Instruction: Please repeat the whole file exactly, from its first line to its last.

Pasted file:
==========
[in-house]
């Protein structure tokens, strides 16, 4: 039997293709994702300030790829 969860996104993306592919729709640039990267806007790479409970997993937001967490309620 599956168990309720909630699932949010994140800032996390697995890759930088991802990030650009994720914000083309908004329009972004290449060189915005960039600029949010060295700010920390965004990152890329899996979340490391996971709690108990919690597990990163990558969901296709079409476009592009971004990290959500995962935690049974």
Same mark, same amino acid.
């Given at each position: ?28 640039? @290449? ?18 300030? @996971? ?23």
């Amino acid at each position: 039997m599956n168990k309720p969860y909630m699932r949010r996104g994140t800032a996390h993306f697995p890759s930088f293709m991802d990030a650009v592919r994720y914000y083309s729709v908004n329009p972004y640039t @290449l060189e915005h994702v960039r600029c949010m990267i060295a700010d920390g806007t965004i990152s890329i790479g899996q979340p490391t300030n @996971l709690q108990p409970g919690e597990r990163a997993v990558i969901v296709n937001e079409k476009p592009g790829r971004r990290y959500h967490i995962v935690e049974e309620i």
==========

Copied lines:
[in-house]
């Protein structure tokens, strides 16, 4: 039997293709994702300030790829 969860996104993306592919729709640039990267806007790479409970997993937001967490309620 599956168990309720909630699932949010994140800032996390697995890759930088991802990030650009994720914000083309908004329009972004290449060189915005960039600029949010060295700010920390965004990152890329899996979340490391996971709690108990919690597990990163990558969901296709079409476009592009971004990290959500995962935690049974």
Same mark, same amino acid.
């Given at each position: ?28 640039? @290449? ?18 300030? @996971? ?23």
């Amino acid at each position: 039997m599956n168990k309720p969860y909630m699932r949010r996104g994140t800032a996390h993306f697995p890759s930088f293709m991802d990030a650009v592919r994720y914000y083309s729709v908004n329009p972004y640039t @290449l060189e915005h994702v960039r600029c949010m990267i060295a700010d920390g806007t965004i990152s890329i790479g899996q979340p490391t300030n @996971l709690q108990p409970g919690e597990r990163a997993v990558i969901v296709n937001e079409k476009p592009g790829r971004r990290y959500h967490i995962v935690e049974e309620i």